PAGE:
The two overflow rooms for state Sen. weekend education forum said it all.
Saturday's record turnout at the Palo Alto school district office for the state legislator's bi-annual update on education in California mirrored the worry over education funding that nearly everyone—from teachers to parents to boards of education—are expressing this eyar.
"Unfortunately, the size of the crowd each year is often an indicator of the level of concern that people have about where we are with education issues and education funding," Simitian (D-Palo Alto) said.
School district board members, teachers, and parents from Santa Clara County, San Mateo County and a Santa Cruz County comprised most of those at the meeting, asking the senator questions ranging from community college funding to funding for mental health services in schools.
"This year will be as uncertain as any year we have seen over the last decade," he said. "If there's a word to describe what we're about to walk into, it's 'uncertainty,' I think."
Simitian spent much of his time explaining Gov. Jerry Brown's upcoming proposals, one of which includes a tax to fund education.
If the tax proposal passes, education funding will likely receive a 10 to 11 percent increase—$5 billion—which will be mostly used to pay back yearly "deferrals."
"One of the ways we have managed to cobble together a budget every year at the state level is by saying, 'Well, we're not going to cut the program, but we're going to defer the payment to next year," he said. About 20 percent of education funding is deferred each year.
The governor, he said, aims to "pay down the wall of debt" with his tax proposal, a combined half-cent sales tax and a tax increase on upper income earners.
If the law passes in November, those making $250,000 or more will pay an extra one percent on their income, $300,000 and up will pay 1.5 percent more, and those making $500,000 or more will pay two percent extra. The sales tax would be in place for four years and the income tax would last five years.
"I think he's picked the right number of years," Simitian said. "That being said, I do think it should be temporary."
Proposition 98, the 1988 bill that theoretically guarantees a minimum level of education funding, will do little to help this budget this year if the tax proposal fails, Simitian said.
Another funding proposal Brown wants to phase in over the next five years is called a "weighted student formula," which would simplify the maze-like world of state school funding—Simitan likened it to the Winchester Mystery House—and distribute money on a per-student basis.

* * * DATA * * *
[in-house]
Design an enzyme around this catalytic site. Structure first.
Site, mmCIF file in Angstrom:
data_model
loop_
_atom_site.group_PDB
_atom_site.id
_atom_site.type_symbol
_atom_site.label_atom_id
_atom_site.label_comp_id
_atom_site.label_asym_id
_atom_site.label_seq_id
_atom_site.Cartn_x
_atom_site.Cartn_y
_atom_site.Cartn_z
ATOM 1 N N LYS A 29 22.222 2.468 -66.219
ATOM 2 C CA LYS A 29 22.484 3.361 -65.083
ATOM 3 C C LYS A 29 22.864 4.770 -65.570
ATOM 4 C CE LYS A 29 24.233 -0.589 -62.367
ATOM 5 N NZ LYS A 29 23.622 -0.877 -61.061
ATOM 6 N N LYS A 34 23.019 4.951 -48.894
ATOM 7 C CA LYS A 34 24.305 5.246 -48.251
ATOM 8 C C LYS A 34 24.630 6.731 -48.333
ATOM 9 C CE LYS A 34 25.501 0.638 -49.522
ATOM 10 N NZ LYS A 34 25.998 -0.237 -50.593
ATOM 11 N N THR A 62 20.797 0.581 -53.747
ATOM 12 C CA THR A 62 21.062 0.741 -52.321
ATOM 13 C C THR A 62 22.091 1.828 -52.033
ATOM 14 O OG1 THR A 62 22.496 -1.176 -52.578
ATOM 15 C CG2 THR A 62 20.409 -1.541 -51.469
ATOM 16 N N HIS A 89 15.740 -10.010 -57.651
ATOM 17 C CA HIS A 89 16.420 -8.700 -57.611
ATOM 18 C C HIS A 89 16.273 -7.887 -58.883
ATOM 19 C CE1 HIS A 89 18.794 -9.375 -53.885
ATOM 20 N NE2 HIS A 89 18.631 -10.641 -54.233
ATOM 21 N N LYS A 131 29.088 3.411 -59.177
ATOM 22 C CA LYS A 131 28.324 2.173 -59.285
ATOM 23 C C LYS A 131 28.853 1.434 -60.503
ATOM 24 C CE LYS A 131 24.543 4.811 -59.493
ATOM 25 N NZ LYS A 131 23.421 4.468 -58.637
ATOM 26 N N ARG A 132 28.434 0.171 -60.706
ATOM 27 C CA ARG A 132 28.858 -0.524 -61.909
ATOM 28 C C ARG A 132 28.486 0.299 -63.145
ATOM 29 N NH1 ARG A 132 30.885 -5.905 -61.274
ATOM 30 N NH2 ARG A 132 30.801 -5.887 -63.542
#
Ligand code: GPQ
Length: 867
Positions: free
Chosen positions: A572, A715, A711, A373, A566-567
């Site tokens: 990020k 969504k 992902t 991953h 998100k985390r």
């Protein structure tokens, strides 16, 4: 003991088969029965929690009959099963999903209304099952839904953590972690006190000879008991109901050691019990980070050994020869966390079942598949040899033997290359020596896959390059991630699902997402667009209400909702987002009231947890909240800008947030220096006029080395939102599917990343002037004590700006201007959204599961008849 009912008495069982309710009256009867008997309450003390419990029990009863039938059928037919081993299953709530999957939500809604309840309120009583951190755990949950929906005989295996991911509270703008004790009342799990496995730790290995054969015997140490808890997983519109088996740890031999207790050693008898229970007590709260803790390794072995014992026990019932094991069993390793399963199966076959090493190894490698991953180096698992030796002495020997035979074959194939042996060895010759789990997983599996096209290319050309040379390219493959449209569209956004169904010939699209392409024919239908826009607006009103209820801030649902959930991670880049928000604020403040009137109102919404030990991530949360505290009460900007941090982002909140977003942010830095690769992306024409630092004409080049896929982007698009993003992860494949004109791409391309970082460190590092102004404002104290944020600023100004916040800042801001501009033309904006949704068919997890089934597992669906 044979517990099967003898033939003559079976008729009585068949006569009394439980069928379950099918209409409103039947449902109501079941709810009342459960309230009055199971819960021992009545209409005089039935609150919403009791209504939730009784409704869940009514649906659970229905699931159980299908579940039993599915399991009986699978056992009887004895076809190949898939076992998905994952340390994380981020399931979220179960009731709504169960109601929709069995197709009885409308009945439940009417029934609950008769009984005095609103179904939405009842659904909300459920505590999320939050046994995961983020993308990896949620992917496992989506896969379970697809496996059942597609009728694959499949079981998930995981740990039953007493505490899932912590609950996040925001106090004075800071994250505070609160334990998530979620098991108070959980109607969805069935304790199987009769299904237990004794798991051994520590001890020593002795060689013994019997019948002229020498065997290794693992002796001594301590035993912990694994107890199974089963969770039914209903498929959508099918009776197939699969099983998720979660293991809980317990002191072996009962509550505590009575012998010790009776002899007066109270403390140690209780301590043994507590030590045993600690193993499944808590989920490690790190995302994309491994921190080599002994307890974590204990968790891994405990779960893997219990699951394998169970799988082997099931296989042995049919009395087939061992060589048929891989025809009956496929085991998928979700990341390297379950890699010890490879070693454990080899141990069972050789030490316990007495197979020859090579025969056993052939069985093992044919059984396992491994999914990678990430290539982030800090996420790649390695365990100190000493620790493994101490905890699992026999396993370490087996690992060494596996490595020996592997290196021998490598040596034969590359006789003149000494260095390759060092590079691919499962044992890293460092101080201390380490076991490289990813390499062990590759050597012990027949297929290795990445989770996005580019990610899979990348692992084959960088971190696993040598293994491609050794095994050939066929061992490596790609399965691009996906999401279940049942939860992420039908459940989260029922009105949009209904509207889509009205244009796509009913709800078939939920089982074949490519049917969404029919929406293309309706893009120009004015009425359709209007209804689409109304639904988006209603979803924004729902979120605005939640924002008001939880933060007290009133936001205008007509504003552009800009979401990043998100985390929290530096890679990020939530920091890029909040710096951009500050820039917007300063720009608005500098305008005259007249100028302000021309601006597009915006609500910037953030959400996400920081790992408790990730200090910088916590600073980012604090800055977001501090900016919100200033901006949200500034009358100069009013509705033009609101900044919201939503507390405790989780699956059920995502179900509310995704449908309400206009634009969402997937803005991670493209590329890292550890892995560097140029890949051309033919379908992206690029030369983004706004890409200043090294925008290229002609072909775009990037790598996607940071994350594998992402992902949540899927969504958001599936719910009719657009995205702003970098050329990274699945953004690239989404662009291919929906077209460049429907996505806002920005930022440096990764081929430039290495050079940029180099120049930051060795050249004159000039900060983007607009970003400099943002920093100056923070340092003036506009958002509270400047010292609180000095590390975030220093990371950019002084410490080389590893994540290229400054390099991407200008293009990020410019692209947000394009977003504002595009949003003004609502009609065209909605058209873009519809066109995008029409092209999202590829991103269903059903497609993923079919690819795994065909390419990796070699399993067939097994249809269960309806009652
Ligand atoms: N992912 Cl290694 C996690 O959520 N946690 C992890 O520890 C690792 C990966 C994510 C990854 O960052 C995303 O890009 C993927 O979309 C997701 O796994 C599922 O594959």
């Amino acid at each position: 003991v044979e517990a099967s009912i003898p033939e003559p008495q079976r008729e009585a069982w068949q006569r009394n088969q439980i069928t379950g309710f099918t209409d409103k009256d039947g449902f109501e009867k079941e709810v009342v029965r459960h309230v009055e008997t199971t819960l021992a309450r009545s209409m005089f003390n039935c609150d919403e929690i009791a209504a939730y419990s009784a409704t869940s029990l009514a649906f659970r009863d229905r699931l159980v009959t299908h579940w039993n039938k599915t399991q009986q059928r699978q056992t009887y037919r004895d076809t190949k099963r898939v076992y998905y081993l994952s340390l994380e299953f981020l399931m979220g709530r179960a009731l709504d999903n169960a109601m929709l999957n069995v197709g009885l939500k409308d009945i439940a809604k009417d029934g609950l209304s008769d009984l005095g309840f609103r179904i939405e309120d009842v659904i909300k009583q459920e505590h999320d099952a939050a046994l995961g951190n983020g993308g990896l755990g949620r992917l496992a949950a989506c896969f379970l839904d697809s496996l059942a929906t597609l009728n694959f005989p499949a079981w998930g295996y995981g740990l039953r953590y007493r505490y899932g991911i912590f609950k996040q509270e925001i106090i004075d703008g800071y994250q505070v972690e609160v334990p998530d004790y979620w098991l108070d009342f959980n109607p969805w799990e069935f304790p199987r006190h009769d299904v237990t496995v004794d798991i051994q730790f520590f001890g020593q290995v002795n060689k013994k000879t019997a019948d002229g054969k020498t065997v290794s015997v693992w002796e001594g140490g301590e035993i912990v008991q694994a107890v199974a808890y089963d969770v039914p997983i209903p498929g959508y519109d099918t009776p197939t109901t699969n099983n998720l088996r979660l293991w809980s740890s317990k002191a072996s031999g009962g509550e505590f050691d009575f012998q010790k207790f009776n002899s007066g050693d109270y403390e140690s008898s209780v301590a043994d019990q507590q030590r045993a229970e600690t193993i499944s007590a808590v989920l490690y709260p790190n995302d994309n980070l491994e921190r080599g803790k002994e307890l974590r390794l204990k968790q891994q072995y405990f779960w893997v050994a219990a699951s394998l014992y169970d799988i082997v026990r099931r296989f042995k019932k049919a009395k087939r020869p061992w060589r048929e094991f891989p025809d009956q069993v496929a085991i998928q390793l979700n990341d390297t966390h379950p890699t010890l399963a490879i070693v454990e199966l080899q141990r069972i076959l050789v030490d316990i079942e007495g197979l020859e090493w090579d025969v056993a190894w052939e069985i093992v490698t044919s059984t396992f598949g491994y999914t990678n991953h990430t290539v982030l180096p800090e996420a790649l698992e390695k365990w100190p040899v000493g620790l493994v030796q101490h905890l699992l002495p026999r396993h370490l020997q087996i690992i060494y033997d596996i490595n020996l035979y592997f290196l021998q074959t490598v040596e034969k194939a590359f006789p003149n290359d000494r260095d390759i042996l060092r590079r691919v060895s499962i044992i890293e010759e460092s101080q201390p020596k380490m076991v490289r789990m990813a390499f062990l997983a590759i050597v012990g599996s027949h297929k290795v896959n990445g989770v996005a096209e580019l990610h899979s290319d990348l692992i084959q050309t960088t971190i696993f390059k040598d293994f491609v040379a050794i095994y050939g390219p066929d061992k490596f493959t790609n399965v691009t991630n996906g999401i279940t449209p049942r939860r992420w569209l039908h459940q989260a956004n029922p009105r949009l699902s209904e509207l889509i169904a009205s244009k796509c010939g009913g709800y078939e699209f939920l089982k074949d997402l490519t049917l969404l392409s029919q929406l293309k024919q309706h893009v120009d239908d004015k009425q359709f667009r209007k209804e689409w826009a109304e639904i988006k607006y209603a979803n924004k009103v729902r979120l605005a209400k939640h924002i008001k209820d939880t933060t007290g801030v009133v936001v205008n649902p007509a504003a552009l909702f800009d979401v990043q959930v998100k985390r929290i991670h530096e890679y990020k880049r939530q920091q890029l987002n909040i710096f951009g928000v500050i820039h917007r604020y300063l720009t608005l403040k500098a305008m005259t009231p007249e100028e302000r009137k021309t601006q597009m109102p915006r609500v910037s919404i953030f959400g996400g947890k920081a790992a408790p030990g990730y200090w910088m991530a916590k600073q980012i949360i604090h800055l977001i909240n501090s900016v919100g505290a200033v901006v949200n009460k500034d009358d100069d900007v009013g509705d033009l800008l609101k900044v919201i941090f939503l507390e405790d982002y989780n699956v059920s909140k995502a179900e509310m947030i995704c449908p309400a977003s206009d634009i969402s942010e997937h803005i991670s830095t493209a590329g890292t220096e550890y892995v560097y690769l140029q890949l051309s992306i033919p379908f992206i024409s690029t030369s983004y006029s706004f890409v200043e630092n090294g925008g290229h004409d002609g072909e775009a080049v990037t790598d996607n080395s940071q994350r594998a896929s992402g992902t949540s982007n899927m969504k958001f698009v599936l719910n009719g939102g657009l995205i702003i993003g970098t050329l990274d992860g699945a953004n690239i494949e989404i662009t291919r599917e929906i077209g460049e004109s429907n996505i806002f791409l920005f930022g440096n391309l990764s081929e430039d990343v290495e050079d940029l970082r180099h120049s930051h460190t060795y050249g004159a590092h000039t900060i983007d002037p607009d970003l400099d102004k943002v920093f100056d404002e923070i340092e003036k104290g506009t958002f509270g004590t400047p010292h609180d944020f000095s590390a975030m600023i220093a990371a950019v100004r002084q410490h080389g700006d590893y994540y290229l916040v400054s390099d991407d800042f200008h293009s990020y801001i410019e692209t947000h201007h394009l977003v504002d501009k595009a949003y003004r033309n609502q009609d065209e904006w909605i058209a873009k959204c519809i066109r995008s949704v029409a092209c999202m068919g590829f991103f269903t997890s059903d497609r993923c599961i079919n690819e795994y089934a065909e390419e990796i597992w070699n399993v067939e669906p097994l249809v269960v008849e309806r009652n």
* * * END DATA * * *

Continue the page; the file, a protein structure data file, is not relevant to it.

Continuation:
"We're going to say, 'For every kid, here's what you get,'" Simitian said. Disadvantaged students, including low-income and English language learners, will receive an additional increment.
Revenue limit and basic aid schools would would be affected by the change in different ways. All districts receive a minimum amount of state funding, some of which is derived from property taxes; revenue limit districts are those which need extra funding from the state because property taxes alone did not meet the minimum requirement. In contrast, basic aid districts-- roughly 10 percent of those in the state, or 100 districts-- exceed funding through property taxes alone.
Basic aid schools don't receive money on a per-student basis, but for a variety of programs, Simitian said.
"If you eliminate those programs and fold all of the funding into a basic, per-pupil allocation with a supplement for disadvantaged students, then the funding you received as basic aid districts is likely to disappear, with the exception of the categoricals that remain in place," he said.
For revenue limit districts, those with more disadvantaged students benefit, Simitian said.
Senator Simitian will serve the 11th district which includes thirteen cities—Los Altos, Los Altos Hills, Mountain View, Cupertino, Palo Alto, Menlo Park, Campbell, Santa Cruz and Capitola—until November, when his 12-year term ends. There are 931,349 people in the district.